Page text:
MND asks AHTC to clarify powers of Sylvia Lim, Pritam Singh over payment and procurement processes

SINGAPORE – The Ministry of National Development (MND) said on Tuesday that it may consider regulatory action on the Workers’ Party-run Aljunied-Hougang Town Council (AHTC) amid court findings in July that WP chief Pritam Singh, chairman Sylvia Lim and former chief Low Thia Khiang did not act in good faith in the discharge of their duties as town councillors.

The ministry added in a statement that it has asked AHTC about its next steps, given the findings.

Specifically, the MND wants to know about the duties and powers of Ms Lim and Mr Singh over payment and procurement processes, and what action AHTC intends to take in relation to the two WP leaders, if any.

In 2020, after the High Court in 2019 found the WP leaders accountable in a civil suit brought by AHTC, the MND issued an order requiring AHTC to restrict the powers of Ms Lim and Mr Low in making financial decisions.

On Tuesday, MND said it has cancelled the order, but added that it may consider further regulatory action pending clarification from AHTC about what it intends to do regarding the July court findings.

“Upon receiving AHTC’s response, the (Minister for National Development) will consider whether further regulatory action under the Town Councils Act is required to safeguard public monies entrusted to the town council,” added MND.

The town council had taken the three WP leaders, as well as town councillors Chua Zhi Hon, Kenneth Foo, How Weng Fan and Danny Loh, to court over $33.7 million in improper payments made under their watch.

Ms How and her husband Loh, who died while on holiday in 2015, were also the owners of AHTC’s then managing agent FM Solutions and Services, which was found to have received the bulk of the improper payments.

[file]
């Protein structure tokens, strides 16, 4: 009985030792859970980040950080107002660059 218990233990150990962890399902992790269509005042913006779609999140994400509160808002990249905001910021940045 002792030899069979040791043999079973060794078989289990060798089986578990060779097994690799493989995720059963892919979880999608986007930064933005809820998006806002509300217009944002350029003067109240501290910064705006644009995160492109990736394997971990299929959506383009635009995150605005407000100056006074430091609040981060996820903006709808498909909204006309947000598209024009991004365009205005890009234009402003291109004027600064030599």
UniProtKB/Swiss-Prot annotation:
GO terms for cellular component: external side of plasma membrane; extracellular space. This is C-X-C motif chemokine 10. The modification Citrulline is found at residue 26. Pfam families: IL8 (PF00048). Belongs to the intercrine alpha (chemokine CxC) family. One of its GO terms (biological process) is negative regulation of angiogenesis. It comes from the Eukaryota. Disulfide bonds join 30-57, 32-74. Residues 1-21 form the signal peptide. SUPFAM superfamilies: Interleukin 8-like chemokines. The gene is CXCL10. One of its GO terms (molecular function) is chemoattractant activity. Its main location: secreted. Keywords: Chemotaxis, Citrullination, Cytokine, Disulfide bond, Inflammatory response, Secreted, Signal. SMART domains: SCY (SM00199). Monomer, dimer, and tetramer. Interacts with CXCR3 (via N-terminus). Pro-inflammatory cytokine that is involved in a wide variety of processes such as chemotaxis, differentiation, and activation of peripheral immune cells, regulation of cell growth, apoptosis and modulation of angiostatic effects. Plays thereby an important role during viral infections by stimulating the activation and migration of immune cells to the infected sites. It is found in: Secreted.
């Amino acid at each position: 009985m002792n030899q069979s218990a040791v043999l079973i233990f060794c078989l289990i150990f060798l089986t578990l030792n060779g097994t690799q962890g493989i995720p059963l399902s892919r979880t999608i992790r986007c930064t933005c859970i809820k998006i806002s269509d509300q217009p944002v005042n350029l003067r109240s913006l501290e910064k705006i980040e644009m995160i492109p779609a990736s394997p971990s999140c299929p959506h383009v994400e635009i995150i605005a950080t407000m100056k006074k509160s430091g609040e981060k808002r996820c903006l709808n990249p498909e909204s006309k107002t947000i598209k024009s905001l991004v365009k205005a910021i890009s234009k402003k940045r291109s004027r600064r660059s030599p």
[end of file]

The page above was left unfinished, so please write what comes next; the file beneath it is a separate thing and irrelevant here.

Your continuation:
The rectification order issued in 2020, under Section 43D(2)(b) of the Town Councils Act, mandated that Ms Lim and Mr Low should not have the authority to: unilaterally incur or approve expenditure on behalf of AHTC; unilaterally accept or waive any quotation or tender for any stores, services or works on behalf of AHTC; and serve as cheque signatories for AHTC.

Mr Low stepped down from politics in 2020 and is no longer a town councillor.

Responding to queries from The Straits Times, MND said it had issued the 2020 order as Ms Lim and Mr Low did not recuse themselves from financial matters at AHTC, despite the High Court’s findings in 2019 that both of them had breached their fiduciary duties to the town council.

The Court of Appeal in November 2022 and July 2023 subsequently ruled that the two WP leaders did not owe fiduciary duties to AHTC.

Upon review of these findings, National Development Minister Desmond Lee decided to cancel the rectification order with immediate effect, said MND.

In the latest development in the long-running case, the Court of Appeal in July 2023 found Mr Singh not liable for negligence in the AHTC payments process.

The apex court however, held that he, along with Ms Lim, Mr Low and other town councillors, did not act in good faith in implementing a system of payment processes that led to the misuse of town council funds.

It also found Ms Lim liable for a contract awarded by the town council to Red-Power Electrical Engineering.


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